A lawsuit against Hailey that alleges the City Council violated Idaho's open meetings law when it approved a $4 million deal with a prominent Blaine County developer has been amended in an attempt to strengthen the plaintiffs' accusation that the pact is a raw deal for Hailey residents.
The February council meeting that OK'd the deal committed the city to provide sewer services beyond city limits to the Peregrine Ranch property. Hailey-based attorney Fritz Haemmerle filed the original suit in March on behalf of 15 county and Hailey residents.
Hailey City Attorney Ned Williamson said Wednesday he will file a motion to dismiss the case by Monday, April 11, the deadline for the city to respond to the amended complaint.
Developer Harry Rinker, the owner of the 160-acre property in the county, first approached the city seeking a sewer connection in November 2004. At that time, he shared plans for a 380-unit residential development for property located in the county just north of, but not adjacent to Hailey city limits between Highway 75 and Buttercup Road. Currently, the property is zoned R1, allowing one dwelling per acre.
Rinker is seeking an up-zone of his land to four units per acre. For any chance of achieving greater density, developers are required to provide sewer services, through a private treatment plant or a guarantee for connection to a municipal system.
The Peregrine deal was signed Feb. 7, following a council executive session to discuss the matter. It involved land acquisition as part of a settlement of existing litigation related to 81 acres in south Woodside owned by Judy Castle, who had sued the city pursuant to a dispute over a plan to develop her land. The two items can be legally discussed in executive session, according to Idaho code.
However, on March 14, Williamson said the city would fight the lawsuit. The plaintiffs' amendments were filed March 8 and March 23.
The plaintiffs' point of contention made in the March 8 amendment is that an agreement between Rinker and the city to extend sewer services outside the city was not noticed for public discussion and therefore violated the public meetings law.
At the time Williamson said the negotiations for each component of the agreement were so interrelated and sensitive that the sewer services agreement also needed to be discussed in executive session. Because the city was openly discussing the terms of the sewer services agreement, Williamson said it was his belief that if Castle had known the source of the funds for the litigation settlement she would have sought more money.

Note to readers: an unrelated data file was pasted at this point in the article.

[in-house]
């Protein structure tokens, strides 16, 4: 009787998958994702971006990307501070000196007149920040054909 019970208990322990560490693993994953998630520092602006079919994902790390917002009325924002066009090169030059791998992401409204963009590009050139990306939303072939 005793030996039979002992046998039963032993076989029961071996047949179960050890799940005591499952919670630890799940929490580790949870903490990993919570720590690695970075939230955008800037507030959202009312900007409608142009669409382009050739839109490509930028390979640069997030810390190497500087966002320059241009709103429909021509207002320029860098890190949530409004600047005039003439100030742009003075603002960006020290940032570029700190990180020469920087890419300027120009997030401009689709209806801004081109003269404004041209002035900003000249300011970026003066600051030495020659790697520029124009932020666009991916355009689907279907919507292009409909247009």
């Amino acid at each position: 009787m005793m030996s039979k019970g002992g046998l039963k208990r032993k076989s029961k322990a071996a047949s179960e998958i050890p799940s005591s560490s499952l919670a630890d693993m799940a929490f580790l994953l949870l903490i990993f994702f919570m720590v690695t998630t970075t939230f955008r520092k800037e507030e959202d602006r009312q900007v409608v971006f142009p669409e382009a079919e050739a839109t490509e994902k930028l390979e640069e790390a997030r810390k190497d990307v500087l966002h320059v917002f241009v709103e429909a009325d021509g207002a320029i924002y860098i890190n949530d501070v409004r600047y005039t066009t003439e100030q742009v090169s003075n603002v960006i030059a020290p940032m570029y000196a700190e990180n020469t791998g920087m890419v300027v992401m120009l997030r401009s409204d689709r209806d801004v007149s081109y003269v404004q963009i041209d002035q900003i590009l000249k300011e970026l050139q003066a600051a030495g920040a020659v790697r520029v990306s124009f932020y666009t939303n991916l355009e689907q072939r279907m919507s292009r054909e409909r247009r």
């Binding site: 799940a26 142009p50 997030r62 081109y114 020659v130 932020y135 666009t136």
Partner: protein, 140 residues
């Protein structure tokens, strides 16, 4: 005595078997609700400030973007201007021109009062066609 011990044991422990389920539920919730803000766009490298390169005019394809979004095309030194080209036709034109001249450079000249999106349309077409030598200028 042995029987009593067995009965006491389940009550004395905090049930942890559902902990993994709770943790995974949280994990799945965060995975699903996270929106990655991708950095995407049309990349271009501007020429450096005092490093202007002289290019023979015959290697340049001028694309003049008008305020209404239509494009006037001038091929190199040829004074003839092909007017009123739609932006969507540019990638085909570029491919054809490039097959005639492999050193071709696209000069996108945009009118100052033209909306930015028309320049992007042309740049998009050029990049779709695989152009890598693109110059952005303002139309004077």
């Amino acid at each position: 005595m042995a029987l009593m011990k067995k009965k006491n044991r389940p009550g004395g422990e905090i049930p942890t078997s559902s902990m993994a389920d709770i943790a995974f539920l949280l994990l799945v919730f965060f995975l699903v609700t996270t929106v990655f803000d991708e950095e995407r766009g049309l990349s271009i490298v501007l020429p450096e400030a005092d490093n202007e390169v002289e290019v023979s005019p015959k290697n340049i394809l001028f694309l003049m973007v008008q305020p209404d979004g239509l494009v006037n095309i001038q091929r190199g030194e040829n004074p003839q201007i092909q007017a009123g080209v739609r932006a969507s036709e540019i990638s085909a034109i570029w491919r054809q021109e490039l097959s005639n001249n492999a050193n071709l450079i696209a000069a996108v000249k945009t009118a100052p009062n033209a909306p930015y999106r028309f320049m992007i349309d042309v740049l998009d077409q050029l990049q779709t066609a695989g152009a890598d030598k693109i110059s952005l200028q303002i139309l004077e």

As a part of the agreement with the city of Hailey, if and when Rinker pitches his plans for Peregrine to the county, the city has agreed to give up its right to make any comment regarding density. The fact that the number of sewer hook-ups associated with the property is undetermined is part of the plaintiffs' concern about the arrangement allowing an external line into the city sewage treatment plant.
In the latest amendment to the complaint, a litany of allegations includes claims that a clause in the sewer services agreement creates a "loophole" that will protect future residents of the Peregrine Ranch property from additional fees that would be carried by residents of the city.
Williamson said he does not believe the plaintiffs can show specific injury. Fifth District Magistrate Judge Ted Israel will rule on the motion and decide which components of the case are to be heard in court, if any.
"The motion to dismiss is based on lack of standing on the part of the plaintiffs. You have to show that there is a specific palpable injury that you would have to suffer by (a governmental) act," Williamson said. "There is considerable case law in the state of Idaho about this."
Increased costs due to regulatory permitting are to be shared equally by Peregrine Ranch residents and Hailey residents, according to the agreement. However, Haemmerle argues in the amendment that the proposed sewer services deal gives future residents of the development a way out when it comes to paying a share of any future upgrades related to growth, thus causing injury to his clients.
"The sad thing is that you have to show damages to even argue that the city violated the open meeting law," Haemmerle said.
According to Haemmerle's argument, "If future growth mandates the expansion of the city's sewer system, and the expansion is unrelated to upgrades attributable to regulatory permitting or similar requirements, the ratepayers in (Peregrine Ranch) are not required to pay for the expansion of the sewer facility."
"There are a lot of allegations in the complaint that I think are erroneous." Williamson countered.